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Review: Our Town Needs a Nandos at Liverpool Everyman ****

Over its 10 years (and counting) Young Everyman and Playhouse has nurtured creative talent not only on stage but in all areas of theatre-making.

Our Town Needs a Nandos (that should really be Nando's of course) comes from YEP writer graduate Samantha O’Rourke who was inspired by her time as a teaching assistant in a school. And what she has created from that is an impressive piece of theatre.

O’Rourke has put strong young female voices, with all their hopes and dreams, firmly centre stage in a production which is full of energy and imagination.

Set in the North Walian town of Rhyl (number of Nando’s = nil), the play charts a group of teenage girls’ bumpy journey towards womanhood.

Her quintet of fierce and funny characters, brought vividly to life by the assured and talented young cast (three YEP acting graduates among them), are each battling their own personal demons and facing down challenges as they negotiate everyday life in the small seaside town while dreaming of better times to come.

There’s a lot to unpack – on balance, perhaps a little too much actually, with O’Rourke adding practically every current issue and talking point to the pot over the production’s two-hour running time.

I think the only thing that doesn’t get an airing (sadly) is the pernicious prevalence of violent porn and how that affects boys’ - and by extension girls' - attitudes to sex and relationships.

This desire to tackle a myriad of issues is almost overwhelming and means some, such as eating disorders, can feel a little there-and-then-gone.

Above: Rachel (Mali O'Donnell) and Chloe (Jada-Li Warrican). Top: Zahidah (Nadia Anim) and Ellie (Chloe Hughes). Photos by Mhairi Bell-Moodie

But equally there are important conversations provoked about a panoply of often difficult subjects including violence against women and girls, abuse, bullying, burgeoning sexuality, peer pressure, being an outsider, control of your own body, risk taking, suicide, family relationships and a lack of female role models (less history, more ‘herstory’!).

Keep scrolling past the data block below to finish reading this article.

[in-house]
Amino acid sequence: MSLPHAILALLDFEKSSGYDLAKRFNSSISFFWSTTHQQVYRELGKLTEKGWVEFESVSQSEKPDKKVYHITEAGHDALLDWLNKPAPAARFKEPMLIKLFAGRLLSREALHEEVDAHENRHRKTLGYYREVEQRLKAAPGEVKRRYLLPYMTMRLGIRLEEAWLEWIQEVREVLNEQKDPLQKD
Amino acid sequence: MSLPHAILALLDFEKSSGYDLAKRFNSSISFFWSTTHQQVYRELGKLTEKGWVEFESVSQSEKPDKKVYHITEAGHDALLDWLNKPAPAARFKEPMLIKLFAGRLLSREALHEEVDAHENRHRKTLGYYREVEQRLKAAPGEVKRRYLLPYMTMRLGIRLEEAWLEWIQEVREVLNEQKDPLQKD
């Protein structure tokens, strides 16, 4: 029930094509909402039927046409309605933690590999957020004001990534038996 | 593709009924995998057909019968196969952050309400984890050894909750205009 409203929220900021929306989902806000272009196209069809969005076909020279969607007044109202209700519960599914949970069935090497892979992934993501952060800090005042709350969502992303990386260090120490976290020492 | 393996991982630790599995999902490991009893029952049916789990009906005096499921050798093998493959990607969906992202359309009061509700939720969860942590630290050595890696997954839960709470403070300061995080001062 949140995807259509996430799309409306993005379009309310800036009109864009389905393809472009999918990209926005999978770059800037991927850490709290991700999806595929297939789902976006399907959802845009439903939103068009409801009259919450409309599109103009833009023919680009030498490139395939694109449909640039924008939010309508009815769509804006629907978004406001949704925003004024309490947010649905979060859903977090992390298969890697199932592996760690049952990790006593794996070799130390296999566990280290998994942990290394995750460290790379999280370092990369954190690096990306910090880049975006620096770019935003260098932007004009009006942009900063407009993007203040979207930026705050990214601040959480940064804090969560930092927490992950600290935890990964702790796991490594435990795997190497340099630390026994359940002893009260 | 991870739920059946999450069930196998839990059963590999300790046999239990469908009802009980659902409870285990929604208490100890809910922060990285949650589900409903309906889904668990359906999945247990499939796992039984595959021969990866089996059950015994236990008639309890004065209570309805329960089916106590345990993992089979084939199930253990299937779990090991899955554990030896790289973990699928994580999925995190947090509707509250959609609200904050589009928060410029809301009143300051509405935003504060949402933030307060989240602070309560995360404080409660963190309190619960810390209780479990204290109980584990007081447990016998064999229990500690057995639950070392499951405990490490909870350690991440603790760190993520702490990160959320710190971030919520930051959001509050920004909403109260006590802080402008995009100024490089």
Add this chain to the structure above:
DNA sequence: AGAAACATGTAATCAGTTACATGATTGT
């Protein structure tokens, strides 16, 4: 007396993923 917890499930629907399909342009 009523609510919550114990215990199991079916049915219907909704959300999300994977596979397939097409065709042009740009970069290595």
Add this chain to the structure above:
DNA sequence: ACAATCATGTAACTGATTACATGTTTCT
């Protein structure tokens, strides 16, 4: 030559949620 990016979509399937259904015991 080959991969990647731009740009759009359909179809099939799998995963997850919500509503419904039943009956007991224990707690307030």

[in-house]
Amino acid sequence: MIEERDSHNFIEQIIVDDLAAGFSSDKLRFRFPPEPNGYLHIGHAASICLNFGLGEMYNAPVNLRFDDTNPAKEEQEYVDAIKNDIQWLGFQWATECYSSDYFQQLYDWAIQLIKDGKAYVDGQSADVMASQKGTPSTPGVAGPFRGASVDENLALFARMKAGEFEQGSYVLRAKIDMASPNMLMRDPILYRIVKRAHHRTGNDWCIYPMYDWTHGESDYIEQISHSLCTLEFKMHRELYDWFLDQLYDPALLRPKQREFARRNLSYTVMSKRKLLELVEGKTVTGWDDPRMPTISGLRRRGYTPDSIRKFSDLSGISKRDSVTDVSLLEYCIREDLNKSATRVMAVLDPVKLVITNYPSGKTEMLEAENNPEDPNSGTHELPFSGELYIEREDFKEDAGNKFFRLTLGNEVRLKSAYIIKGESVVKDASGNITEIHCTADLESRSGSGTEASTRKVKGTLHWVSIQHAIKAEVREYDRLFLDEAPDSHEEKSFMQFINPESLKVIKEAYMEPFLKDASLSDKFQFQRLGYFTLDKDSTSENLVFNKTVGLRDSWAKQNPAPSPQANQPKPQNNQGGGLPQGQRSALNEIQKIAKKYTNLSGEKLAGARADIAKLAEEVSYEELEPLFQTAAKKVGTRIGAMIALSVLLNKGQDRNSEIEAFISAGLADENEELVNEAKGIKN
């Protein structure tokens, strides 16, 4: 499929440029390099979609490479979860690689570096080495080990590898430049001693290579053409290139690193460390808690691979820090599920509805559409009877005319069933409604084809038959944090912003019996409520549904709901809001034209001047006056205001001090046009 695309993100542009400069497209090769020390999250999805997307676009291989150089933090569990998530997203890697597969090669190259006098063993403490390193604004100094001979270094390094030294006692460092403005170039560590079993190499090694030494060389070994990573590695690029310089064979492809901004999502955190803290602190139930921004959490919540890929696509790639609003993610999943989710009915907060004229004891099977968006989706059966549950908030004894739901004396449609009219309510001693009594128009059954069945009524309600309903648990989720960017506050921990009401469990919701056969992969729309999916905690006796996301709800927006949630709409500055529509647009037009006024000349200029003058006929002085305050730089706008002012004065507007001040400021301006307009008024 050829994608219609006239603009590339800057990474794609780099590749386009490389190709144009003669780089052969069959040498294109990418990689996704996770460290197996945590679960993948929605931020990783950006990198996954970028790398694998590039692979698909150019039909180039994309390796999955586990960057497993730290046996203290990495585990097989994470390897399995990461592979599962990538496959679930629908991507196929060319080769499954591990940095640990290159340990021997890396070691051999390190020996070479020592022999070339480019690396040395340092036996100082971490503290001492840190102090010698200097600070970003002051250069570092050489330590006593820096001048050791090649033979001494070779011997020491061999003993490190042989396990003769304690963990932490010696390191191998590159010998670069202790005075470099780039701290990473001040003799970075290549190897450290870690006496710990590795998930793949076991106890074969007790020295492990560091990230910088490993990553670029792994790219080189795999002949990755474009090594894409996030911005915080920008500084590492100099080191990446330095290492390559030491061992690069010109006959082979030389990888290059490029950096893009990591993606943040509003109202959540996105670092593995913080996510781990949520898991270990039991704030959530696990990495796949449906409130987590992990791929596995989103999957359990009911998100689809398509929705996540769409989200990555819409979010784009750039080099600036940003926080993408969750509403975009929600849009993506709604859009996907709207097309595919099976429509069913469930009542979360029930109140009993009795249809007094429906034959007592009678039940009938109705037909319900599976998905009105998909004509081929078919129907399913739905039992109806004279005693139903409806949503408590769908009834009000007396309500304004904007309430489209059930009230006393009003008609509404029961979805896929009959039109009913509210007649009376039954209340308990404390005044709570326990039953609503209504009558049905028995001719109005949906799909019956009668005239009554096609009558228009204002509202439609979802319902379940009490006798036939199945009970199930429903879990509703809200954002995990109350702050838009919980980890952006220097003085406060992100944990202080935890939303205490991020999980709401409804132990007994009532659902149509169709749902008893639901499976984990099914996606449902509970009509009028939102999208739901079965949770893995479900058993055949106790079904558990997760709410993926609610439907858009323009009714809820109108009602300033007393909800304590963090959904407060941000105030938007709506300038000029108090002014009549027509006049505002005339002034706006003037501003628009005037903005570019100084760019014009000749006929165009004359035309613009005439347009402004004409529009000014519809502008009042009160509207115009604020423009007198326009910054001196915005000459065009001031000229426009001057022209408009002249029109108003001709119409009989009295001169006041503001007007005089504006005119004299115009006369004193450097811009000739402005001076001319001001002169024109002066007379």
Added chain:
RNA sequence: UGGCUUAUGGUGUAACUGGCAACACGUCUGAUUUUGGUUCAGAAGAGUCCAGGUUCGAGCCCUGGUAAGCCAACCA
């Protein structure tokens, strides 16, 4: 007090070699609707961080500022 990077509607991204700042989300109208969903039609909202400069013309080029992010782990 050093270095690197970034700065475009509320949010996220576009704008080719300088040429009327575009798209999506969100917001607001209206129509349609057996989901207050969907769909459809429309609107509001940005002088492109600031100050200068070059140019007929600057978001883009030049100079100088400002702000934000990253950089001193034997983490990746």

Kalli Tant’s Beth is the intelligent disruptor impatient to throw off the shackles of school and small town to forge her own path, while Ellie’s (Chloe Hughes) risk-taking bravado hides a difficult home life and Rachel (Mali O’Donnell) is a people-pleaser trying to keep a foot in every camp.

Zahidah (Nadia Anim) hides the brutal reality of her former life as a refugee behind sweet-natured studiousness, while newcomer Chloe’s (Jada-Li Warrican) wild story-spinning turns out to be a protective shell against an abusive background which has seen her chased from school to school by her past.

They form a sweary, swaggering sisterhood battling the high emotions which come with teenage years – yo-yoing from crushing boredom to manic exultation and vicious fallings out to intense makings up which anyone with XX chromosomes will instantly ‘get’.

Not, as the final scene wryly underlines, that this is just a story that concerns women and girls.

Directed with vigour by Ameera Conrad and strikingly staged, O'Rourke's play is an impressive showcase for YEP and for all the creatives involved in it.

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